There is no specific Uruguay visa for retirement. Permanent residency is not difficult for anyone to obtain in this country but conditions and processes are not lax compared with other places. There is also a flexible time element that is peculiar to applications in Uruguay. It is necessary to submit applications for permanent residency in person from within the country.
The initial visa may take anywhere from six to twenty-four months for it to be issued. Temporary permanent residence is granted upon acceptance of the application. A “cedula de identidad” or identity document may then be requested. Possession of this document gives a person virtually all of the rights of a permanent resident. For examples a bank account can be opened and a driving license obtained.
Once an application has been accepted there is no doubt that a temporary and, subsequently, a final permanent residence visa will be issued. Fluency in Spanish is the only barrier an applicant may face in submitting an application. It is not compulsory to speak Spanish to file an application but government employees are not required to speak any other language. For this and other reasons (local knowledge of Government departments and practices, timing, ancillary service provision – translation etc) the employment of a local lawyer will be useful and convenient. A list of local lawyers is given at this site.
The Dirección Nacional de Migración (DNM) is the government department concerned with immigration matters relevant to permanent resident status. It is worth noting that Uruguay expects that applicants for permanent resident do, in fact, intend to reside in the country. “Paper residency” is frowned upon. During the period that it takes to obtain permanent residency well over half of that time should be spent in Uruguay. There is no restriction on leaving the country and applicants may come and go as necessary. After attaining permanent residency there is no longer any need to remain in the country save for the fact that residential status will be lost if there is an absence of three or more years. If insufficient time is spent in Uruguay during the time taken to settle the application the DNM may require further evidence of the intention to reside in the country.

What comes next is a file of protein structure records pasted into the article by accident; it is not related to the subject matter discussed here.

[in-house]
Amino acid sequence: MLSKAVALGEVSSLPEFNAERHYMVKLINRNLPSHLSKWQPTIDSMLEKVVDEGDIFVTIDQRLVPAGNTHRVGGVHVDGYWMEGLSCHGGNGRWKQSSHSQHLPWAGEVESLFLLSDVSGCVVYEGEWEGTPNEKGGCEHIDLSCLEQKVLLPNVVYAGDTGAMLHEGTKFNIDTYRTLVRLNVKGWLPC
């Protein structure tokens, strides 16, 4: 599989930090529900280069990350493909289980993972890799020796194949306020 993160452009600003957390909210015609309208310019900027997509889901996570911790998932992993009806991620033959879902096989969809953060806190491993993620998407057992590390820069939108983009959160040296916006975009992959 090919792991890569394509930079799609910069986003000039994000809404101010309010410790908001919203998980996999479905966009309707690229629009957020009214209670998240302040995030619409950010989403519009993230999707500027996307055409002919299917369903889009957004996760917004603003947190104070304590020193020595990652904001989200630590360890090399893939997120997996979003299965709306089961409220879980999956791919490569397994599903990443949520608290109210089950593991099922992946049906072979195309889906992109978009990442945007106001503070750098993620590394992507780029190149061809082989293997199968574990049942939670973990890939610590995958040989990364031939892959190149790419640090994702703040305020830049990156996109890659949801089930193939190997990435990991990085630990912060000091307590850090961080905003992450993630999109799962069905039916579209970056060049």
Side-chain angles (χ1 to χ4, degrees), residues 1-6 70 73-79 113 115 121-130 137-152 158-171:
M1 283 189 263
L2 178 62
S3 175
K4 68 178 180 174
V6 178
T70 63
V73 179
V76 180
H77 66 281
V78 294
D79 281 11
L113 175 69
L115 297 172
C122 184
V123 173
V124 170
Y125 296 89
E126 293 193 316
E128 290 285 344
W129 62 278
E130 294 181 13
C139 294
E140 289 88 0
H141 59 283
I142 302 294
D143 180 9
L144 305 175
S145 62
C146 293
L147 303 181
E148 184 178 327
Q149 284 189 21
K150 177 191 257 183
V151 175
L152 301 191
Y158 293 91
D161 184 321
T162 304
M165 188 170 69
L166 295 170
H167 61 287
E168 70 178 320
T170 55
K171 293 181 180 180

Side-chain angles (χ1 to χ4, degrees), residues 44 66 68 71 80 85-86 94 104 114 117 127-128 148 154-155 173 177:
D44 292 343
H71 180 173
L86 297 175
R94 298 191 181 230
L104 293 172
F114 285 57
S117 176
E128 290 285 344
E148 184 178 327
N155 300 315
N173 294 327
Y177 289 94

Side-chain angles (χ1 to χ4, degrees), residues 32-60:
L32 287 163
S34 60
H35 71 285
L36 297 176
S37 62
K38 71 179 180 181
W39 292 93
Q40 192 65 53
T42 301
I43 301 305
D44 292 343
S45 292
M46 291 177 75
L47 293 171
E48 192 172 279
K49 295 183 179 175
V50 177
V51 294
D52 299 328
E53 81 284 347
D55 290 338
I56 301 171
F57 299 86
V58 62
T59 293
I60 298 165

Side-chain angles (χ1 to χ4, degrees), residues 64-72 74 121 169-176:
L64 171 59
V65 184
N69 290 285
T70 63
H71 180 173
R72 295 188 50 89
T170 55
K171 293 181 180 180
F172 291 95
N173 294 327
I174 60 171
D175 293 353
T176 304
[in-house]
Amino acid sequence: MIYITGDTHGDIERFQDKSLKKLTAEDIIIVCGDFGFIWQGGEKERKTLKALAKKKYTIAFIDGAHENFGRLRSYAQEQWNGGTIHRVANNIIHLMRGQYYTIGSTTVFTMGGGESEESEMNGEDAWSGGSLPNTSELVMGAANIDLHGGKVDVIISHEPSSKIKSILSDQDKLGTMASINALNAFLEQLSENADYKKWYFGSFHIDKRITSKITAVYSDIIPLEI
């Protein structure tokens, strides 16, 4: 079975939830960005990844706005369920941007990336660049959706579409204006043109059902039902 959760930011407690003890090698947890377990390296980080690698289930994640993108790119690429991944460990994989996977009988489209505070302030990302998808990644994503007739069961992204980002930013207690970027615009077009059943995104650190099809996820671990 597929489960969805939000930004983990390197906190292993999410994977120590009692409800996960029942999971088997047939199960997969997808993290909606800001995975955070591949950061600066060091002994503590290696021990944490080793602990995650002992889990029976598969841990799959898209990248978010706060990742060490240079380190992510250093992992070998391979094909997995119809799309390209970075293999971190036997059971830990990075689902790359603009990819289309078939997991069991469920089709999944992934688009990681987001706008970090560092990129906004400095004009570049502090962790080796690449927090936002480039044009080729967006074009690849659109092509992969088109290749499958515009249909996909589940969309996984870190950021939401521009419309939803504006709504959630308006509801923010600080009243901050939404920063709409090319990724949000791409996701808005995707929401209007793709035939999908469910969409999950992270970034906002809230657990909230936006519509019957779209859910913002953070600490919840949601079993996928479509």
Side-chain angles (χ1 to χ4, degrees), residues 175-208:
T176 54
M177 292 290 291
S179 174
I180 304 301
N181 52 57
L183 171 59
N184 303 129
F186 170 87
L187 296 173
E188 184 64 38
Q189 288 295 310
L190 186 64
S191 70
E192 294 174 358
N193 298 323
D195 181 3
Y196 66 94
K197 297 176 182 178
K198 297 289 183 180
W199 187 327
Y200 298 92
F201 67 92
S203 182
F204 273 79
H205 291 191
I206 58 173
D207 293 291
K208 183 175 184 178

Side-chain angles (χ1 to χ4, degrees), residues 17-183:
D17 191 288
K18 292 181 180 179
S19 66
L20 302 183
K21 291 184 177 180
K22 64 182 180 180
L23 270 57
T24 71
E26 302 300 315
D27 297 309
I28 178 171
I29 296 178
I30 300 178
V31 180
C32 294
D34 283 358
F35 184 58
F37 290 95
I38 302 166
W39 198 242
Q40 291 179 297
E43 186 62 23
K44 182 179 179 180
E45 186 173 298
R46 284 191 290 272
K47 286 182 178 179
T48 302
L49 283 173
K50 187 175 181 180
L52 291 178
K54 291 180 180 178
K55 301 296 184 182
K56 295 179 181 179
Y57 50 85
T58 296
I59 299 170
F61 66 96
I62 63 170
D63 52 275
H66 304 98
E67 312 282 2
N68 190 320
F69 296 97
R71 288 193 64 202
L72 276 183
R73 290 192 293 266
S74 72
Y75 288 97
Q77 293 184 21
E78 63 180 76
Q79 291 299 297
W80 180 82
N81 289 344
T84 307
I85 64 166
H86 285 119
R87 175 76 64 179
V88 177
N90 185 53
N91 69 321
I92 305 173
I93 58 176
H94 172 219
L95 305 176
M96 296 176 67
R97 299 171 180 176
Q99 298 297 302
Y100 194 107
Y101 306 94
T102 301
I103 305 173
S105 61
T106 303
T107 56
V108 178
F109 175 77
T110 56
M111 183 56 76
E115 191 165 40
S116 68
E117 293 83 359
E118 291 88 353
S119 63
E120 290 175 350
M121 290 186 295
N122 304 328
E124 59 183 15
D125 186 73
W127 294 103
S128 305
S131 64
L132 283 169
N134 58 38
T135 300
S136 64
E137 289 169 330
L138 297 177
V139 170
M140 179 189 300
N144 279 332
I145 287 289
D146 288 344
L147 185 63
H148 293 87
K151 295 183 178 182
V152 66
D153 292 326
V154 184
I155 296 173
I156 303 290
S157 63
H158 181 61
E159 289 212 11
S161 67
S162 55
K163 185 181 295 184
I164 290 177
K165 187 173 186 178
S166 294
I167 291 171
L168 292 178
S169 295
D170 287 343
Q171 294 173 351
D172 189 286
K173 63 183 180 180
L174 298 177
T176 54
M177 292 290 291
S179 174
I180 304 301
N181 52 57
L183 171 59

Although citizenship may not be the primary objective of a retiree it is necessary to have spent at least six months of every qualifying year in the country. Usually it necessary to have been a permanent resident for five years before an application for citizenship can be submitted. The period is reduced to three years for married applicants.
There is a faster path to obtaining a passport but the document comes without citizenship status. Extra qualifications in terms of capital invested in the country and income are also necessary. For citizenship the full three or five year term still applies.
For those familiar with investigations into obtaining residence visas, or any visa, the familiar set of personal documents is required for an application for the Uruguay visa will be known. There may be more stringent authentication requirements for this country. This has become easier now that Uruguay accepts apostille certificates. It is also the case that the National Migration Office (NMO) is flexible in the timing of submission of documents to complete an application. Documents should be obtained and authenticated/legalized as is appropriate and possible before traveling to Uruguay to make the application for a residence visa.
The employment of an attorney should have been arranged on a previous “Golden Rule” (Take no irrevocable step without first visiting the country at least once.) visit to the country. It will then be possible to scan and e-mail documents to the lawyer to ensure that they are correct and complete. Good timing for the application visit can thus be achieved. Visitors visas are usually not necessary but if one is needed then application can be made at any embassy or consulate.
The list is:-
Items (1) – (4) need to be apostilled in the home country or stamped by the Uruguayan Consulate in the country where the document was issued. This latter process is known as “legalization”. Official translations into Spanish will also be necessary.
A Police Clearance Certificate is necessary from the home country or, if different, from the country which issued the applicant’s passport and from countries in which the applicant has resided. This is not necessary for U.S. applicants because the appropriate clearance can be obtained from the local Interpol Office in Montevideo.